In a baseline study for training purposes, two indicators of acute respiratory infections (the respiratory rate (RR) and chest indrawing) were assessed by Ministry of Health physicians in Egypt using a WHO test videotape. Chest indrawing, as defined by the WHO Acute Respiratory Infections (ARI) programme, was not widely recognized by current health personnel. Viewing a WHO training videotape led to significantly more correct assessments of chest indrawing compared with a group that had not viewed this videotape. The accuracy of using a timer versus a watch, and a 30-second versus 60-second counting interval was also evaluated. Rates counted over 60 seconds were more accurate than 30-second counts although the difference between them was not clinically significant. Counting of rates using timers with audible cues was comparable to using watches with second hands. Careful training of primary health workers in the assessment of RR and chest indrawing is essential if these clinical findings are to be used as reliable indicators in pneumonia treatment algorithms.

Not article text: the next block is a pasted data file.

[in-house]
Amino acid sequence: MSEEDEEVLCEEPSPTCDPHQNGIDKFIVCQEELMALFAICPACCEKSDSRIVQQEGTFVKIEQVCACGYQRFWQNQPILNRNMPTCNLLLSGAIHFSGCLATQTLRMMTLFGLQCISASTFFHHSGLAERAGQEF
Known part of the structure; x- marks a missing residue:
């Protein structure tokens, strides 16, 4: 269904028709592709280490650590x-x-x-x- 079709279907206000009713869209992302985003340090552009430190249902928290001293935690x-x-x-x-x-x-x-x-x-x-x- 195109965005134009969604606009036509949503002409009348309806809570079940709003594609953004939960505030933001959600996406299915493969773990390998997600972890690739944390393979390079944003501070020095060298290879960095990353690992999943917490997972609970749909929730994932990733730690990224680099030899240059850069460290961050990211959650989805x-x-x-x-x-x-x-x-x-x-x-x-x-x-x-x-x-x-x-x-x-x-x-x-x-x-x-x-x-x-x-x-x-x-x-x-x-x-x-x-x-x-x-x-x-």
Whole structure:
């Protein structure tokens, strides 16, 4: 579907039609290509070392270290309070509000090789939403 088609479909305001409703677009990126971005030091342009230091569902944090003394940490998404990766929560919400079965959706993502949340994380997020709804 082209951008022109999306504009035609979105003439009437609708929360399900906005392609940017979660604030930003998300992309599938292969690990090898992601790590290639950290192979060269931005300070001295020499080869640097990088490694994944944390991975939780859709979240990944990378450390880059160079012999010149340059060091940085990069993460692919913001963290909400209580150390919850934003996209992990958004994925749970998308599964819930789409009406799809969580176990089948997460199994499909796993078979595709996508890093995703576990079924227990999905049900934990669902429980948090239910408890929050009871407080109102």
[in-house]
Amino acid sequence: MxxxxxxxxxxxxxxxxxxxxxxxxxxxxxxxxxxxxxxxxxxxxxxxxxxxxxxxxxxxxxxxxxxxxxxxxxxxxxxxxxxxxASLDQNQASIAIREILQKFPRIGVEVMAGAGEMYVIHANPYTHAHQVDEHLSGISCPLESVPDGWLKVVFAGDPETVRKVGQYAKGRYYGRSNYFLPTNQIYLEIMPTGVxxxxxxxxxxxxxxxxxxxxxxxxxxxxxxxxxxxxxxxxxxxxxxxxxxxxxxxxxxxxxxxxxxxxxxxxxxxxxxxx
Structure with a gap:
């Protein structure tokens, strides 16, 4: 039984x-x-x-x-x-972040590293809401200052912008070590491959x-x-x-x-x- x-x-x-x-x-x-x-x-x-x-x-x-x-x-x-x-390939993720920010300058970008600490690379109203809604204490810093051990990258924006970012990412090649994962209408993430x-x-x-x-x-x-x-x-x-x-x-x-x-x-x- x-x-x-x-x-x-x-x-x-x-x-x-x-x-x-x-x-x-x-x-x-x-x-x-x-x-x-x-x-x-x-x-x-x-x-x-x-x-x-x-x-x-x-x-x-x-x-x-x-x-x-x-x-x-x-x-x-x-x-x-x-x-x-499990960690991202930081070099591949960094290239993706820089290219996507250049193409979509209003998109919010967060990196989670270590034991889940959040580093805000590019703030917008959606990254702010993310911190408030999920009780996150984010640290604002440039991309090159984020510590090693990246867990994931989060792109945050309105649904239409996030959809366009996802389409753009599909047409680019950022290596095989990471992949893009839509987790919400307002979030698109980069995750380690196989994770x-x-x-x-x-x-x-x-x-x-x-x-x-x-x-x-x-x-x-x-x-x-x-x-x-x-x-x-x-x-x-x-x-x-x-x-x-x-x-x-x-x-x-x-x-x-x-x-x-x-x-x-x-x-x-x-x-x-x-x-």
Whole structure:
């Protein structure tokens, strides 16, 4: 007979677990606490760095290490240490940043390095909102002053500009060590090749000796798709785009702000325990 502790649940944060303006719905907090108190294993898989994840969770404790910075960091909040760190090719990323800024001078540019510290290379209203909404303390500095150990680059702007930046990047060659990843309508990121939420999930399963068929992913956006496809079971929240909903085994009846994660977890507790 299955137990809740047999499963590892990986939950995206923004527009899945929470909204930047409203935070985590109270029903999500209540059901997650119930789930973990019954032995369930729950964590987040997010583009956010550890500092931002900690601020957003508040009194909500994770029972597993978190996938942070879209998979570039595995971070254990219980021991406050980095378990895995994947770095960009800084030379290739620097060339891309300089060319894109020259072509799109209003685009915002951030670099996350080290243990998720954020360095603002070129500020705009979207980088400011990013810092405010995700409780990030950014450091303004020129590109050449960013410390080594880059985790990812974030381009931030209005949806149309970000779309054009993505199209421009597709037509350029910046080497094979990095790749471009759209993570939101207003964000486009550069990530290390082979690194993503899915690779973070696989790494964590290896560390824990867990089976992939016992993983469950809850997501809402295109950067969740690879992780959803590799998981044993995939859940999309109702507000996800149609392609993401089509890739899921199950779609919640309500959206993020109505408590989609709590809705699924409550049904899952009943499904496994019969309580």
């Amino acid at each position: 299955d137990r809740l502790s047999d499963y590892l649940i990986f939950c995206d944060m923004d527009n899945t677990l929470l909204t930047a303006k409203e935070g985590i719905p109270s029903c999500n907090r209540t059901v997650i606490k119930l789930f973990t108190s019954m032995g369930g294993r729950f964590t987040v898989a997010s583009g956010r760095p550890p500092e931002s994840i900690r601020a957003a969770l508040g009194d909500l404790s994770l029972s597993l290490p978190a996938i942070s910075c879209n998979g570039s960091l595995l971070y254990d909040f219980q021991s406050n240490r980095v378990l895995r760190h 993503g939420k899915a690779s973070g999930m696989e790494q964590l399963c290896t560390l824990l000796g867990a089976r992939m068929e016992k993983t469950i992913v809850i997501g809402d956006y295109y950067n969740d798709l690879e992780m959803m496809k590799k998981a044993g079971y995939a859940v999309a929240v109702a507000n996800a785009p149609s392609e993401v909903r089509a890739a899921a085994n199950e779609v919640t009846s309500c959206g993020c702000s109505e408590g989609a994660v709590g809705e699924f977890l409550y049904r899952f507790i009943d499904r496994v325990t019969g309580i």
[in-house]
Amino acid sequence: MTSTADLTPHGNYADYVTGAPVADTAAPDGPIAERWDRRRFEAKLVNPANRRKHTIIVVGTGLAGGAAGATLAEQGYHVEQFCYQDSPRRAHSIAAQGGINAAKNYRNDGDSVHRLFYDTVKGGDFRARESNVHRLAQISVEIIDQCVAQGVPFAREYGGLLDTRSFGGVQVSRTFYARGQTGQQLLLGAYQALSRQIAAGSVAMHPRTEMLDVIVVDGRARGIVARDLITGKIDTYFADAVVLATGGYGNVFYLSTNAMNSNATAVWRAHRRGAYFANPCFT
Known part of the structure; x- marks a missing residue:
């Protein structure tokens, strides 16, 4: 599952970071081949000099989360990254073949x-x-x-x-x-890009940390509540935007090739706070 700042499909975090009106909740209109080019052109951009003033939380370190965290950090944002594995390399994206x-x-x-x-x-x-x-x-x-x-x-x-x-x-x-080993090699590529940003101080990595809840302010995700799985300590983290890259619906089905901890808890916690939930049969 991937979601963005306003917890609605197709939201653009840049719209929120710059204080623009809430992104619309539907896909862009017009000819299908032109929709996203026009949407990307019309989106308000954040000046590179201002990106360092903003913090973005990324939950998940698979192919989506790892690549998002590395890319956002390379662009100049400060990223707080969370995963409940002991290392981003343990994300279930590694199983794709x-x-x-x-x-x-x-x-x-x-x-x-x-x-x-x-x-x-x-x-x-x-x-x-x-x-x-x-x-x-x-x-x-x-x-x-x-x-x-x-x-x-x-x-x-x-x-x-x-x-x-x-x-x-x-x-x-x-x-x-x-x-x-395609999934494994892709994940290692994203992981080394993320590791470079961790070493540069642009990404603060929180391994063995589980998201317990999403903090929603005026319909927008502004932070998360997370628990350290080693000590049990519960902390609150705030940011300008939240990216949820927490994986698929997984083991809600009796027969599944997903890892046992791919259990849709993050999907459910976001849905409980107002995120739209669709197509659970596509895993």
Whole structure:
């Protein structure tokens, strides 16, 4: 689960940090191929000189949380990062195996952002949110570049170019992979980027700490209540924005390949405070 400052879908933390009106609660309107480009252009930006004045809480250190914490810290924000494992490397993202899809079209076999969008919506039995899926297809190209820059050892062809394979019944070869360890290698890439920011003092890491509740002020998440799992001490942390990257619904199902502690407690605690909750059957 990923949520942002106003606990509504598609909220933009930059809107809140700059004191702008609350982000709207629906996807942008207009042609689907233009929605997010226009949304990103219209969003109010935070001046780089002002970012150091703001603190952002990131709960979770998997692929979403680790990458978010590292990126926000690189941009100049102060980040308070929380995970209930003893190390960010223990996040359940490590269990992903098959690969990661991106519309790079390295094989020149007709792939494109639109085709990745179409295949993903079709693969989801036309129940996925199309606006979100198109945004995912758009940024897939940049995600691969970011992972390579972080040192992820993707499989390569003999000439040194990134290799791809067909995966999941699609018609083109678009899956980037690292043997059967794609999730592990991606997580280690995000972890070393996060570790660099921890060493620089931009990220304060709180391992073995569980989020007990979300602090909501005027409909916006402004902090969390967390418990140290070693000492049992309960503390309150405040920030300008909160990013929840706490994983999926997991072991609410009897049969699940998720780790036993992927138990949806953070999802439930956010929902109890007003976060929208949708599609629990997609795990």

PIP: The timely treatment of acute lower respiratory tract infections (ALRI) in children depends upon the correct assessment of clinical findings. In the context of launching a national ALRI control program in Egypt, the authors surveyed the knowledge, attitudes, and practices of physicians in measuring respiratory rates (RR); examined the effect of a World Health Organization training videotape upon the recognition of chest indrawing; and examined the effect of different time intervals and providing audible timers on the accuracy of RR assessment. 320 Ministry of Health physicians participated in the study; 45% from maternal-child health care units, 30% from urban health centers, 18% in rural health units, and 7% in the district hospital or in school health. It was found that chest indrawing was not widely recognized by current health personnel and that the training compared with groups of physicians which were not exposed to the intervention. It was also found that counting RR for 60 seconds was more accurate than 30-second counts, but the difference between the 2 approaches was not clinically significant. Rate counting with audible cue timers was comparable to using watches with second hands. It is clear that primary health workers need to be carefully trained in assessing RR and chest indrawing if these clinical findings are to be used as reliable indicators in pneumonia treatment algorithms.